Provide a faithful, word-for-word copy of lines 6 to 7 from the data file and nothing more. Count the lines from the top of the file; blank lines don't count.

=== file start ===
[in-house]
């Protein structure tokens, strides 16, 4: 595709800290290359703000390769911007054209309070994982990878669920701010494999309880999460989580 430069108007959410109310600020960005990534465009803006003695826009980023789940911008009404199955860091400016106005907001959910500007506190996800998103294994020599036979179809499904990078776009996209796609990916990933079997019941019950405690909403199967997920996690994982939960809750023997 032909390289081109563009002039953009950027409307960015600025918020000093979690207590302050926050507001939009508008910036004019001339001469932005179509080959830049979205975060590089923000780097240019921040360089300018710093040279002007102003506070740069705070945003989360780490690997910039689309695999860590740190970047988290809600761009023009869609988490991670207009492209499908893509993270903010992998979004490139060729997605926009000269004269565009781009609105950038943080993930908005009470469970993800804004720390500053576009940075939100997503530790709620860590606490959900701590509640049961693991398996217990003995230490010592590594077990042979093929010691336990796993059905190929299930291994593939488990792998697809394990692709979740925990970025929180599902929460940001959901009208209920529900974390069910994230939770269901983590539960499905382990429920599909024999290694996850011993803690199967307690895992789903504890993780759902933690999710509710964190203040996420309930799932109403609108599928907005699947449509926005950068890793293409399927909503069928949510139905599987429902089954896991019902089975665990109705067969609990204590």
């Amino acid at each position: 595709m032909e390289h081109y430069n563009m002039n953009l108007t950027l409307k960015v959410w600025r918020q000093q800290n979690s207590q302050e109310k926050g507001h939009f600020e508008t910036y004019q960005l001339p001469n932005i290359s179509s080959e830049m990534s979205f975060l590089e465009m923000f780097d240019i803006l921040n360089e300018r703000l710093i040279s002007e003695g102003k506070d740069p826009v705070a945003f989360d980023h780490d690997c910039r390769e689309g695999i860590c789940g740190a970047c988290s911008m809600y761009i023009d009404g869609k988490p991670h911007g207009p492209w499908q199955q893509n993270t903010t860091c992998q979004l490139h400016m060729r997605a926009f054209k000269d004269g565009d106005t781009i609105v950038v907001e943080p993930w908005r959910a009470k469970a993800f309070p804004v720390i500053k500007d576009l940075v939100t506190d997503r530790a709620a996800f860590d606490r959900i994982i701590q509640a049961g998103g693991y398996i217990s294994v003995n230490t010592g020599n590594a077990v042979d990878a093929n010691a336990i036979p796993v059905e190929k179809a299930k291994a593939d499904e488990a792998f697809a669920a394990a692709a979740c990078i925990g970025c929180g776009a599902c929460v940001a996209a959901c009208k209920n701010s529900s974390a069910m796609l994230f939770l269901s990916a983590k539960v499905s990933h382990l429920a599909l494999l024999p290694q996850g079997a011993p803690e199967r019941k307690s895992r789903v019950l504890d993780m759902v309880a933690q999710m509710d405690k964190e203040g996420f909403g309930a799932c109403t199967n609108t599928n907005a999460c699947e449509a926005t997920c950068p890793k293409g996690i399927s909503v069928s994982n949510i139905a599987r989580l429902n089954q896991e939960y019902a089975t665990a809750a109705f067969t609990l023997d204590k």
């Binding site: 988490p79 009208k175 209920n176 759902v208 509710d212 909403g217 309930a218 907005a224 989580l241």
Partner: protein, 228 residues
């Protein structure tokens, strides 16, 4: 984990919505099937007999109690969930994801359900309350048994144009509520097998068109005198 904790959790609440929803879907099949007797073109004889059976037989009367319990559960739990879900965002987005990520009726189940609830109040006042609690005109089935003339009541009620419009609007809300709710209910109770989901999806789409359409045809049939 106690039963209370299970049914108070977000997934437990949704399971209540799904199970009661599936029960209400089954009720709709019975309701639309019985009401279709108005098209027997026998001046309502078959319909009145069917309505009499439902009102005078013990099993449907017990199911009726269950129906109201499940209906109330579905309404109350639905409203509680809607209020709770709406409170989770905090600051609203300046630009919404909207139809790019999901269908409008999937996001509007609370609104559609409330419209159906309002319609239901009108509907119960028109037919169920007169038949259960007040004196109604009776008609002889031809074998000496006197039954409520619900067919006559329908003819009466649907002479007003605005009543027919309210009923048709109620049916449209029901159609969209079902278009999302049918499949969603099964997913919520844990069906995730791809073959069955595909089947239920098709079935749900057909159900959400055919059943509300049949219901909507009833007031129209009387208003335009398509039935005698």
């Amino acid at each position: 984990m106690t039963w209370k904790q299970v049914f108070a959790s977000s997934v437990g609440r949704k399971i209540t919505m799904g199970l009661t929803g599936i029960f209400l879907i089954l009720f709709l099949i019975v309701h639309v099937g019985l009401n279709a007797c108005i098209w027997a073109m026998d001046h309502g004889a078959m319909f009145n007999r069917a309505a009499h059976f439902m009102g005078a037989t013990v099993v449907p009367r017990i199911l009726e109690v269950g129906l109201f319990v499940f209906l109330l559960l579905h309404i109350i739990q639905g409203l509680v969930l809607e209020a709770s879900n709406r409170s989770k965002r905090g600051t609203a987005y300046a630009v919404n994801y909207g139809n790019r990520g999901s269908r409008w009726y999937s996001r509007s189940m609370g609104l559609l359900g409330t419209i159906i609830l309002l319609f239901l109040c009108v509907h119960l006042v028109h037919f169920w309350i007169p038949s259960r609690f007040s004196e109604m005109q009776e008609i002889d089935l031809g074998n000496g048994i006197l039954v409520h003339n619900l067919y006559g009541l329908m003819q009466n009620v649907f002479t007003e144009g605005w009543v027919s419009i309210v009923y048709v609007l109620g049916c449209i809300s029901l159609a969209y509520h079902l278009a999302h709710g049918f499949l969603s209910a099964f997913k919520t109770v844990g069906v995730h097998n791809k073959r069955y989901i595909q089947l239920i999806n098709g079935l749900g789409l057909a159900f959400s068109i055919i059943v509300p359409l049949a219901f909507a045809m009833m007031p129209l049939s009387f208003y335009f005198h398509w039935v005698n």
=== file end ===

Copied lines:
């Protein structure tokens, strides 16, 4: 984990919505099937007999109690969930994801359900309350048994144009509520097998068109005198 904790959790609440929803879907099949007797073109004889059976037989009367319990559960739990879900965002987005990520009726189940609830109040006042609690005109089935003339009541009620419009609007809300709710209910109770989901999806789409359409045809049939 106690039963209370299970049914108070977000997934437990949704399971209540799904199970009661599936029960209400089954009720709709019975309701639309019985009401279709108005098209027997026998001046309502078959319909009145069917309505009499439902009102005078013990099993449907017990199911009726269950129906109201499940209906109330579905309404109350639905409203509680809607209020709770709406409170989770905090600051609203300046630009919404909207139809790019999901269908409008999937996001509007609370609104559609409330419209159906309002319609239901009108509907119960028109037919169920007169038949259960007040004196109604009776008609002889031809074998000496006197039954409520619900067919006559329908003819009466649907002479007003605005009543027919309210009923048709109620049916449209029901159609969209079902278009999302049918499949969603099964997913919520844990069906995730791809073959069955595909089947239920098709079935749900057909159900959400055919059943509300049949219901909507009833007031129209009387208003335009398509039935005698």
């Amino acid at each position: 984990m106690t039963w209370k904790q299970v049914f108070a959790s977000s997934v437990g609440r949704k399971i209540t919505m799904g199970l009661t929803g599936i029960f209400l879907i089954l009720f709709l099949i019975v309701h639309v099937g019985l009401n279709a007797c108005i098209w027997a073109m026998d001046h309502g004889a078959m319909f009145n007999r069917a309505a009499h059976f439902m009102g005078a037989t013990v099993v449907p009367r017990i199911l009726e109690v269950g129906l109201f319990v499940f209906l109330l559960l579905h309404i109350i739990q639905g409203l509680v969930l809607e209020a709770s879900n709406r409170s989770k965002r905090g600051t609203a987005y300046a630009v919404n994801y909207g139809n790019r990520g999901s269908r409008w009726y999937s996001r509007s189940m609370g609104l559609l359900g409330t419209i159906i609830l309002l319609f239901l109040c009108v509907h119960l006042v028109h037919f169920w309350i007169p038949s259960r609690f007040s004196e109604m005109q009776e008609i002889d089935l031809g074998n000496g048994i006197l039954v409520h003339n619900l067919y006559g009541l329908m003819q009466n009620v649907f002479t007003e144009g605005w009543v027919s419009i309210v009923y048709v609007l109620g049916c449209i809300s029901l159609a969209y509520h079902l278009a999302h709710g049918f499949l969603s209910a099964f997913k919520t109770v844990g069906v995730h097998n791809k073959r069955y989901i595909q089947l239920i999806n098709g079935l749900g789409l057909a159900f959400s068109i055919i059943v509300p359409l049949a219901f909507a045809m009833m007031p129209l049939s009387f208003y335009f005198h398509w039935v005698n």